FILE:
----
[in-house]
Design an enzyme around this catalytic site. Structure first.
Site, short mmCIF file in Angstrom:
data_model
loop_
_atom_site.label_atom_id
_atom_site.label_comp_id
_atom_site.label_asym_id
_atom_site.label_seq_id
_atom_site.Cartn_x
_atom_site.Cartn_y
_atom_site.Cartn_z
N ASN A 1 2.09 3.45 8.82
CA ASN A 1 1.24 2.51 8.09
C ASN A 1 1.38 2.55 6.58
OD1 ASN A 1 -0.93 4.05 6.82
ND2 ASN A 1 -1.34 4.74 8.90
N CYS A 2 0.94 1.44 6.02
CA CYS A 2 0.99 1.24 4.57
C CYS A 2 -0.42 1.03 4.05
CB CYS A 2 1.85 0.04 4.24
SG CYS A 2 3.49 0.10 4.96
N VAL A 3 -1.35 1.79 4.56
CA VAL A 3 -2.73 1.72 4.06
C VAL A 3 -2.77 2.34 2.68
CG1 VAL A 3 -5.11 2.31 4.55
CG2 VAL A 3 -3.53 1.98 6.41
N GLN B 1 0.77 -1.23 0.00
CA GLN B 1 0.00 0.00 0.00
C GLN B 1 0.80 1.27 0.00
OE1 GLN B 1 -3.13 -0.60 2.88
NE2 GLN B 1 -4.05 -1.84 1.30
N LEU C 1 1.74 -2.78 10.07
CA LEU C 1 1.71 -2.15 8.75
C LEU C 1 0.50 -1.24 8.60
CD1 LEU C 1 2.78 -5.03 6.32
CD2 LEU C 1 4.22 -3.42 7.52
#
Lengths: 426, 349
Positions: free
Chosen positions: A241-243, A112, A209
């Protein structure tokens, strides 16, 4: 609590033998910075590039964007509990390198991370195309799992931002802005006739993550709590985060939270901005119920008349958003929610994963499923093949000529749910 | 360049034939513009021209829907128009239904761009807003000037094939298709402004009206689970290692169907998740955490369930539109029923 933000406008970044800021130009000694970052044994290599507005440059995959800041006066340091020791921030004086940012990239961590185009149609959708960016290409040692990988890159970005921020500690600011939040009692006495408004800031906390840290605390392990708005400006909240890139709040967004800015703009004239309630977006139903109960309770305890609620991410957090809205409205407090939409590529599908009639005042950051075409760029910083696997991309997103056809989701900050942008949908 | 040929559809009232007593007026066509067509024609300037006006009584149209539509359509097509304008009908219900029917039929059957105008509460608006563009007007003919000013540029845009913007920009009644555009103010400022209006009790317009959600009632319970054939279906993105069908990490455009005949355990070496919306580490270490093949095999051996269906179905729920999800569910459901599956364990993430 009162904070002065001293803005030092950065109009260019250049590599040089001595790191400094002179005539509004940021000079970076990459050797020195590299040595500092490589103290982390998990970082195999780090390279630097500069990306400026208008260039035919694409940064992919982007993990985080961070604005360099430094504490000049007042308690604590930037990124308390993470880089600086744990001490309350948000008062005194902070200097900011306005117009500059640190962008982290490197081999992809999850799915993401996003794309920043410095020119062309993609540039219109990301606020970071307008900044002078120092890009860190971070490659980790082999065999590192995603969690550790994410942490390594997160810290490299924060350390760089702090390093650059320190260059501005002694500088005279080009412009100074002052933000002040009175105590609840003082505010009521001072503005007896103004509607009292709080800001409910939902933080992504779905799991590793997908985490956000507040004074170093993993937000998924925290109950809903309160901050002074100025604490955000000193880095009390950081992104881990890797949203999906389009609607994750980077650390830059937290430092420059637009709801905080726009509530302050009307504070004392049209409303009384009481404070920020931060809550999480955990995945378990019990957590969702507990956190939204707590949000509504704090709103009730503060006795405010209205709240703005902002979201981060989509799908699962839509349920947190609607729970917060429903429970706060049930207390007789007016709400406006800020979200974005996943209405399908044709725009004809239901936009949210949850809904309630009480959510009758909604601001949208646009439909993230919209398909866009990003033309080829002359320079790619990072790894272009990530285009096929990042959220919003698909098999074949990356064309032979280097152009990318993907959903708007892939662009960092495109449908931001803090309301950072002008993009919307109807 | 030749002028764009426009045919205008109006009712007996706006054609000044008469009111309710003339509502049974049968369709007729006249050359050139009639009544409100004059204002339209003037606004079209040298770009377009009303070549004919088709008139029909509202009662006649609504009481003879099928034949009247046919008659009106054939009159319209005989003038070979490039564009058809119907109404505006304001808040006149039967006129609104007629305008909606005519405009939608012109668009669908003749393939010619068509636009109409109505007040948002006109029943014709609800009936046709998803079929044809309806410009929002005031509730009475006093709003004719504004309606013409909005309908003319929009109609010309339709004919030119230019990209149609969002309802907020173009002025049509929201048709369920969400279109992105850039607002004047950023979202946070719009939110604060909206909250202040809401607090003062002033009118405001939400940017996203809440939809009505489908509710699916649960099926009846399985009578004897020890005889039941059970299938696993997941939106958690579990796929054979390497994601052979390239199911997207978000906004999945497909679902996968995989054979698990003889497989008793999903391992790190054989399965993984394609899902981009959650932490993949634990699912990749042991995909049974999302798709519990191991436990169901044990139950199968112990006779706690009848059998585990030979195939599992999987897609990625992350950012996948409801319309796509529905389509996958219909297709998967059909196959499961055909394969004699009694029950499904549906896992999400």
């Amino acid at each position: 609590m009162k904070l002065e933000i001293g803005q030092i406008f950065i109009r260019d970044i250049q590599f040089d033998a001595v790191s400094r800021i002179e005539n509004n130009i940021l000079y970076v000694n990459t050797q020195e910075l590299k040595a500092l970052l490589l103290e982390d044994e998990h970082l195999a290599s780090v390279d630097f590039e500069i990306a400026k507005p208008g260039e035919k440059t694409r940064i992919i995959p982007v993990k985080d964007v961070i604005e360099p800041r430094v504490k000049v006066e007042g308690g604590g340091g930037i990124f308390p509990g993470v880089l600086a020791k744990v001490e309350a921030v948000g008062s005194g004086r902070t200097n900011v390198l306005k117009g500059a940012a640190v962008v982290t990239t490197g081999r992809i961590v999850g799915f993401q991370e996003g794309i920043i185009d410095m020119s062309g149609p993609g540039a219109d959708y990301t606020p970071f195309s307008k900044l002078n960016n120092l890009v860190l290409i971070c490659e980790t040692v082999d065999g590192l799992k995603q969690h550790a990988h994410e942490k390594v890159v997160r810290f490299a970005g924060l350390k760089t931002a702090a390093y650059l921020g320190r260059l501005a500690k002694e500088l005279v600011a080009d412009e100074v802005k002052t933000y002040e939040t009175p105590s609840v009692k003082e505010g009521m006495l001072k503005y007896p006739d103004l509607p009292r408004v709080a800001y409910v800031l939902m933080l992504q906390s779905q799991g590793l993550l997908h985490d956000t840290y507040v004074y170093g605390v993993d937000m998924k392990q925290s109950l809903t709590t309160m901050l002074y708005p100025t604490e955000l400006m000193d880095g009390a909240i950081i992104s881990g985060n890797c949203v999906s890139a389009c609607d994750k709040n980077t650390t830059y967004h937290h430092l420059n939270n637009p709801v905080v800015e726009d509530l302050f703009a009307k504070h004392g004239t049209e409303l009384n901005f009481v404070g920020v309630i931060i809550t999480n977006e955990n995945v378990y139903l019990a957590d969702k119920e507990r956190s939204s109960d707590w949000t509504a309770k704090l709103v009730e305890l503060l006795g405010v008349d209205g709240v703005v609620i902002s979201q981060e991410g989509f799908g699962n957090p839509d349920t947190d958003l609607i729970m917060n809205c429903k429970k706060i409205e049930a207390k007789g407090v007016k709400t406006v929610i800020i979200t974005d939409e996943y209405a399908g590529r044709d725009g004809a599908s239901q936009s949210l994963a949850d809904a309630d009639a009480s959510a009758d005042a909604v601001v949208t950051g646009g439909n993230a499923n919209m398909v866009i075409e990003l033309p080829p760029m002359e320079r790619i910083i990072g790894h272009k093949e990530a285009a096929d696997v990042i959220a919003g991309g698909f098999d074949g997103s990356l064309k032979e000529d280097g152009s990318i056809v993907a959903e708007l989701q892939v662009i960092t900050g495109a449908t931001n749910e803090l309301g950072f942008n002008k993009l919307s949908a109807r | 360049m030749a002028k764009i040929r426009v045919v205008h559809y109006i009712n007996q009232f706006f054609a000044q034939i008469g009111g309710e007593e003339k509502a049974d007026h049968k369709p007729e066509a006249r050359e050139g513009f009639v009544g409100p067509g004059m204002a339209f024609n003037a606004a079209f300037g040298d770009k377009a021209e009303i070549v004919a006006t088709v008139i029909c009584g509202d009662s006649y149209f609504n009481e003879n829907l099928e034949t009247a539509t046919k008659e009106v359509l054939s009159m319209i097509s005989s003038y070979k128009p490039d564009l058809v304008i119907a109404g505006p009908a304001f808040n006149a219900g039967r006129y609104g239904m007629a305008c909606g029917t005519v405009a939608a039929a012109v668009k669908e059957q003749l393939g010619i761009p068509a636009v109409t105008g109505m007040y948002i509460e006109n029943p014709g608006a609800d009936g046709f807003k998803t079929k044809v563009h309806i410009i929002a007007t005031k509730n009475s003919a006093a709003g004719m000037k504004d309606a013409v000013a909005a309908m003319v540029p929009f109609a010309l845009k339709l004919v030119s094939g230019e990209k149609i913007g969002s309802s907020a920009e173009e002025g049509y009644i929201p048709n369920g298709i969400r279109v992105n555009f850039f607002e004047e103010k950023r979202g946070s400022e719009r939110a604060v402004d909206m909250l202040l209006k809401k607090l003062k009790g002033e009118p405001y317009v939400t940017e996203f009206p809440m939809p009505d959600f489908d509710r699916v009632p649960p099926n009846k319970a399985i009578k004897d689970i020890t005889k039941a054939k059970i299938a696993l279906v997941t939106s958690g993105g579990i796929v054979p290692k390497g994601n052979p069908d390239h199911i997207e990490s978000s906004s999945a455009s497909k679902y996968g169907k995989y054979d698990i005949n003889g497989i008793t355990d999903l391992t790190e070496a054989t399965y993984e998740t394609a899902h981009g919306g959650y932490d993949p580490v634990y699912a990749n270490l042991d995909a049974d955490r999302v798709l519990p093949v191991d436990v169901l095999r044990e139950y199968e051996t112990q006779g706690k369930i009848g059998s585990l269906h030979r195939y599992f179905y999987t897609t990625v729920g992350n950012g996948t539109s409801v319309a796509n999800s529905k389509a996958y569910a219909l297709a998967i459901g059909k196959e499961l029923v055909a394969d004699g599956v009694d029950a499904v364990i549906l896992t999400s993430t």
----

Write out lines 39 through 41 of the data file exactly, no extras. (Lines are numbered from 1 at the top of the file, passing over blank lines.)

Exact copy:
Lengths: 426, 349
Positions: free
Chosen positions: A241-243, A112, A209